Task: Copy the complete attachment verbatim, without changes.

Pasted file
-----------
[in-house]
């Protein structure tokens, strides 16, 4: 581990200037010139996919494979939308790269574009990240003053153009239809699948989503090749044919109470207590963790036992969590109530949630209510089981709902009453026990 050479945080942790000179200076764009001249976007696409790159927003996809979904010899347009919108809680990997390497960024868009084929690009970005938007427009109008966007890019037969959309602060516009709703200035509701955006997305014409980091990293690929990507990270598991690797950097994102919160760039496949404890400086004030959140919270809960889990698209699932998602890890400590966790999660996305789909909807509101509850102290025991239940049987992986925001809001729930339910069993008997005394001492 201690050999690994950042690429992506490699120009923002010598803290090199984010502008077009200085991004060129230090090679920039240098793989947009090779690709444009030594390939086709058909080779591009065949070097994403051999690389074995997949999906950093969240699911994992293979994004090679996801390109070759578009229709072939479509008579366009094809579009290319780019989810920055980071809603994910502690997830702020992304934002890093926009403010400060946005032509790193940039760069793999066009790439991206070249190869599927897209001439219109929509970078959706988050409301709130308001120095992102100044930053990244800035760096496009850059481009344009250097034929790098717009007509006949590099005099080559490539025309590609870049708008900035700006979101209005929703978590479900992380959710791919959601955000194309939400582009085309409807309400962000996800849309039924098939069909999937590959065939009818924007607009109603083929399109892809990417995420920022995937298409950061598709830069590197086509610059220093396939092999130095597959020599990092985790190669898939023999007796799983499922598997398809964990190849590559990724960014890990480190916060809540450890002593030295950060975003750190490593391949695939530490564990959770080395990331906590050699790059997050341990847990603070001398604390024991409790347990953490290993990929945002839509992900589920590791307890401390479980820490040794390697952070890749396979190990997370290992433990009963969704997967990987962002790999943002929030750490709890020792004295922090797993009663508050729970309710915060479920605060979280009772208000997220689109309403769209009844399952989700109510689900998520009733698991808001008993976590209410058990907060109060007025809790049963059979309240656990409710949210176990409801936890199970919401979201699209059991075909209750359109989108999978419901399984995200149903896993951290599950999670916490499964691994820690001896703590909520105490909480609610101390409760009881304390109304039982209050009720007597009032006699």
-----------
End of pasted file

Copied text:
[in-house]
């Protein structure tokens, strides 16, 4: 581990200037010139996919494979939308790269574009990240003053153009239809699948989503090749044919109470207590963790036992969590109530949630209510089981709902009453026990 050479945080942790000179200076764009001249976007696409790159927003996809979904010899347009919108809680990997390497960024868009084929690009970005938007427009109008966007890019037969959309602060516009709703200035509701955006997305014409980091990293690929990507990270598991690797950097994102919160760039496949404890400086004030959140919270809960889990698209699932998602890890400590966790999660996305789909909807509101509850102290025991239940049987992986925001809001729930339910069993008997005394001492 201690050999690994950042690429992506490699120009923002010598803290090199984010502008077009200085991004060129230090090679920039240098793989947009090779690709444009030594390939086709058909080779591009065949070097994403051999690389074995997949999906950093969240699911994992293979994004090679996801390109070759578009229709072939479509008579366009094809579009290319780019989810920055980071809603994910502690997830702020992304934002890093926009403010400060946005032509790193940039760069793999066009790439991206070249190869599927897209001439219109929509970078959706988050409301709130308001120095992102100044930053990244800035760096496009850059481009344009250097034929790098717009007509006949590099005099080559490539025309590609870049708008900035700006979101209005929703978590479900992380959710791919959601955000194309939400582009085309409807309400962000996800849309039924098939069909999937590959065939009818924007607009109603083929399109892809990417995420920022995937298409950061598709830069590197086509610059220093396939092999130095597959020599990092985790190669898939023999007796799983499922598997398809964990190849590559990724960014890990480190916060809540450890002593030295950060975003750190490593391949695939530490564990959770080395990331906590050699790059997050341990847990603070001398604390024991409790347990953490290993990929945002839509992900589920590791307890401390479980820490040794390697952070890749396979190990997370290992433990009963969704997967990987962002790999943002929030750490709890020792004295922090797993009663508050729970309710915060479920605060979280009772208000997220689109309403769209009844399952989700109510689900998520009733698991808001008993976590209410058990907060109060007025809790049963059979309240656990409710949210176990409801936890199970919401979201699209059991075909209750359109989108999978419901399984995200149903896993951290599950999670916490499964691994820690001896703590909520105490909480609610101390409760009881304390109304039982209050009720007597009032006699």